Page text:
Train the trainers: Developing a nursing program in Ghana
Written by Jaime Meyers
Sue Anne Bell has worked as an emergency room nurse practitioner and has experience in Africa and Asia. So when the University of Michigan was looking for people with a global background who could help train nurses for emergency rooms in Ghana, Bell was an obvious choice.
“There aren’t too many people who fit that bill, so it all fell into place,” said the doctoral student in U-M’s School of Nursing.
Bell and her colleagues have developed a 12-month nursing education program designed to train specialists in emergency nursing. The team, part of U-M’s Ghana Emergency Medicine Collaborative, sends someone to Ghana to teach for two weeks every month. Bell goes to the West African nation about four times a year.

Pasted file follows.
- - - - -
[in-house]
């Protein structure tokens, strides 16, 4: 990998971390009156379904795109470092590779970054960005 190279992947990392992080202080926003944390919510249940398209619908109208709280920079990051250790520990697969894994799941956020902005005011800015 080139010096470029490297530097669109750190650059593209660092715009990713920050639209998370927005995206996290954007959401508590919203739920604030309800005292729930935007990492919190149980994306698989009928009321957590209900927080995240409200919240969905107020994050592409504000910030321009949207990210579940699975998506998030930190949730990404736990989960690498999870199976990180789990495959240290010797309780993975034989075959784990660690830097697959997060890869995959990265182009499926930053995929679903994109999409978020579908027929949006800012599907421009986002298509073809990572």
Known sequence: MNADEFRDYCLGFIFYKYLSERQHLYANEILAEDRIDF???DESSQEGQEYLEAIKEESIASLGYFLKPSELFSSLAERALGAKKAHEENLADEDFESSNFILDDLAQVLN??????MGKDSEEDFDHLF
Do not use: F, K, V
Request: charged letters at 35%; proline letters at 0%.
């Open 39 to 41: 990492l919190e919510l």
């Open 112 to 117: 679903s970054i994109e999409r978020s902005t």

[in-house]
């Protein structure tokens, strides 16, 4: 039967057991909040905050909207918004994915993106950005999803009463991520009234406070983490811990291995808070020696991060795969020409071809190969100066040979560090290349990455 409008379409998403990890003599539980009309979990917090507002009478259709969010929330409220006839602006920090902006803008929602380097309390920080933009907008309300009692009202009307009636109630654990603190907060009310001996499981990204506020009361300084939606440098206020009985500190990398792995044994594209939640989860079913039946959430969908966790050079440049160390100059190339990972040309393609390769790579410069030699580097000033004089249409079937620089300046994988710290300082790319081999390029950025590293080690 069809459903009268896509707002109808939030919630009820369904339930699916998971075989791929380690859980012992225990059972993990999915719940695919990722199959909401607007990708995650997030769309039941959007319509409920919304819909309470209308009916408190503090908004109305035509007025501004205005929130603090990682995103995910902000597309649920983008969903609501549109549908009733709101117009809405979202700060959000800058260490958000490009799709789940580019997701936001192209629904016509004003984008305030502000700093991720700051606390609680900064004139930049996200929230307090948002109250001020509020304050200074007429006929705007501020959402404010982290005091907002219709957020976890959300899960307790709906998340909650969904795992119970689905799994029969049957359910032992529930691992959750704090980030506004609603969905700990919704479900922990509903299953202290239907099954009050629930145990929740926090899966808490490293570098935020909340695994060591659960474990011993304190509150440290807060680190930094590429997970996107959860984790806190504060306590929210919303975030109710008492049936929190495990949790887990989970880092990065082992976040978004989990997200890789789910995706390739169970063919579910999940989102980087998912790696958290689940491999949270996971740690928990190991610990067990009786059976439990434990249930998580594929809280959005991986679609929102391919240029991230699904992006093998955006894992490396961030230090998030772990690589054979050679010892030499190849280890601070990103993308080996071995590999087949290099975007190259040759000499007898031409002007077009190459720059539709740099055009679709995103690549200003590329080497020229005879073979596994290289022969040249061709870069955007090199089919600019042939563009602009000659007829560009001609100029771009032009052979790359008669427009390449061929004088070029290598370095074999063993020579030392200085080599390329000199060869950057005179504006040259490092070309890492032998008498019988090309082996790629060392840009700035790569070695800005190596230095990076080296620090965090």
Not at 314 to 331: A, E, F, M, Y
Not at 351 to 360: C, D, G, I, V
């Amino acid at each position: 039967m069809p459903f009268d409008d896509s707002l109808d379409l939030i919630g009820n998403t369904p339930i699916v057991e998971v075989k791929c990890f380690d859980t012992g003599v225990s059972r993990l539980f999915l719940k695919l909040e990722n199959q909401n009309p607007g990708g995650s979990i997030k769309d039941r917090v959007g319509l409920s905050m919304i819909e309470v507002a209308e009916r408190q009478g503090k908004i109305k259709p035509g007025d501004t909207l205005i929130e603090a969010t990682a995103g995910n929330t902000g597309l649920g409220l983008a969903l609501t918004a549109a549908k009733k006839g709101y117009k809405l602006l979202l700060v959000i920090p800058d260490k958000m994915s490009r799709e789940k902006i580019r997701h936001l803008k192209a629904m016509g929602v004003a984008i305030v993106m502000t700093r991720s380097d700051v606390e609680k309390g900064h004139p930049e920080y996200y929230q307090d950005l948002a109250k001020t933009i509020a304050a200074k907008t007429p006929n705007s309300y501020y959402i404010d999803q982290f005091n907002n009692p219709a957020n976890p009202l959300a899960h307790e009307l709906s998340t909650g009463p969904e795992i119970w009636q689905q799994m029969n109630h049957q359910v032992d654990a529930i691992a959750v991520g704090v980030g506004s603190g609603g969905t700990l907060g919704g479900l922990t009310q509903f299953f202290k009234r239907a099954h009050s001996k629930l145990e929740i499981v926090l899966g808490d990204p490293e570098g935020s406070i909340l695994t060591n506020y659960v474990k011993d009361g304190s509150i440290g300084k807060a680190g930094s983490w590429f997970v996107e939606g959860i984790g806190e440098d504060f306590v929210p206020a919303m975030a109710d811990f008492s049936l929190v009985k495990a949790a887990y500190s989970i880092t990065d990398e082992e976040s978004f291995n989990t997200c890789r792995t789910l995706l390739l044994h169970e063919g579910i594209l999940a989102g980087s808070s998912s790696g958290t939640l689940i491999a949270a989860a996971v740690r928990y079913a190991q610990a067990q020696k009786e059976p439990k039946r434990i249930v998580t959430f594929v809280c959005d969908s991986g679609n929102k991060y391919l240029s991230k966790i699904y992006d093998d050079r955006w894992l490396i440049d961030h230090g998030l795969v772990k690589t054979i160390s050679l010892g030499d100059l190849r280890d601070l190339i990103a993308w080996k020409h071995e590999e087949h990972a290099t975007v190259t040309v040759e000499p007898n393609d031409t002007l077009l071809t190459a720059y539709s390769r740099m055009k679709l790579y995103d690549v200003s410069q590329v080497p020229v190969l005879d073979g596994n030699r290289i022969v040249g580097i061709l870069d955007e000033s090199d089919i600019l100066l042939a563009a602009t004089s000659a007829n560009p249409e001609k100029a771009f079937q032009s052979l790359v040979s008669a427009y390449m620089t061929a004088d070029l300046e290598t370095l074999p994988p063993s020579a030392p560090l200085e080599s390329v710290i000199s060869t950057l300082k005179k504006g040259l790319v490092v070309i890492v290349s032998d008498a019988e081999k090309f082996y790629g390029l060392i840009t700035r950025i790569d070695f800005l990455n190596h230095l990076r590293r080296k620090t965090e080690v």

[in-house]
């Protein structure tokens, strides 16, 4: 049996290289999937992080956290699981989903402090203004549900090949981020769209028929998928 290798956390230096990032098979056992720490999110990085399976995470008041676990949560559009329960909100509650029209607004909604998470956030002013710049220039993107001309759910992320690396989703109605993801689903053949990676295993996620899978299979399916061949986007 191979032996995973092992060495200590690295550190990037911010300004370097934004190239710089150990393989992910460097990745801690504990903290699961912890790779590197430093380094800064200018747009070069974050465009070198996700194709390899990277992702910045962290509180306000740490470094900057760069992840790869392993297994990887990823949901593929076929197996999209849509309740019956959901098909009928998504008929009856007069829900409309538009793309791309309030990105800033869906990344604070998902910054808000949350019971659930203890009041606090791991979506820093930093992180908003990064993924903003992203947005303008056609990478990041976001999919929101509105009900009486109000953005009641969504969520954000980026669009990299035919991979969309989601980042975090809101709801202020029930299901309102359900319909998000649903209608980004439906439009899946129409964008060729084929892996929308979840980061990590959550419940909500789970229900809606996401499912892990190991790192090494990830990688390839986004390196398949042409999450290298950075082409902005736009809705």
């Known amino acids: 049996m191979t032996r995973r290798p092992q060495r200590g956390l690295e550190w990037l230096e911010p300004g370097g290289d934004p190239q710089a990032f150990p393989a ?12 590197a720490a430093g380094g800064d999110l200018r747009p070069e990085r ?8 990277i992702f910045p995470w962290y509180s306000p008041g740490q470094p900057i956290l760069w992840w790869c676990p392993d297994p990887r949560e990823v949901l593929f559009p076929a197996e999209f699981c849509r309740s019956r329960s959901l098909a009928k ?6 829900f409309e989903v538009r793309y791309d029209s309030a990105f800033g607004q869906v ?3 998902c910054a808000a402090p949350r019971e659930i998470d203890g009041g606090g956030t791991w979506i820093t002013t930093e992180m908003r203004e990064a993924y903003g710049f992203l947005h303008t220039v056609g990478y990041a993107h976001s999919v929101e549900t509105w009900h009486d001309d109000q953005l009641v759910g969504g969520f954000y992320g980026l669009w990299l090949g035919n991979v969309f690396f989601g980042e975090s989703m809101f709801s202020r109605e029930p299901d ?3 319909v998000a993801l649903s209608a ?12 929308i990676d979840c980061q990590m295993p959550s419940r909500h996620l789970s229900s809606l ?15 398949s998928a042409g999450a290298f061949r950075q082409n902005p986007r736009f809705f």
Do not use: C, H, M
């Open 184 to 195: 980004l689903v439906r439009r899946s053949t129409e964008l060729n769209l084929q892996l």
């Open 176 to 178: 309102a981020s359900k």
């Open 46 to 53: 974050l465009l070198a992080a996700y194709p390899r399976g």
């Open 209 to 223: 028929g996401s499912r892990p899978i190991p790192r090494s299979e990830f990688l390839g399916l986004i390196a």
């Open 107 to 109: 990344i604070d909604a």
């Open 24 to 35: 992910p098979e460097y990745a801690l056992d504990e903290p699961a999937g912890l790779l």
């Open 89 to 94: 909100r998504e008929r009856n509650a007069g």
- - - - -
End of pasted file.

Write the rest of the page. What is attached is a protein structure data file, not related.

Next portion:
The group includes professionals and students from the School of Nursing and U-M Health System.
The team is using a “train-the-trainers” approach designed for the current students to eventually become the educators. The first cohort of 25 students is expected to graduate in August.
Bell estimates it will take three or four graduating classes before Ghanaian emergency nurses gain the skills to assume leadership of the program.
“In 10 years, when the current students are the leaders in emergency nursing for Sub-Saharan Africa,” she said, “I can say I had a small piece in making that happen, and I’m really proud of that.”
A longer version of this story is available at the School of Nursing’s website.
Browse news by region:
- Africa (100)
- Asia (169)
- Europe (81)
- Latin America (120)
- Middle East (30)
- Multiregional (113)
- North America (48)
- Oceania (10)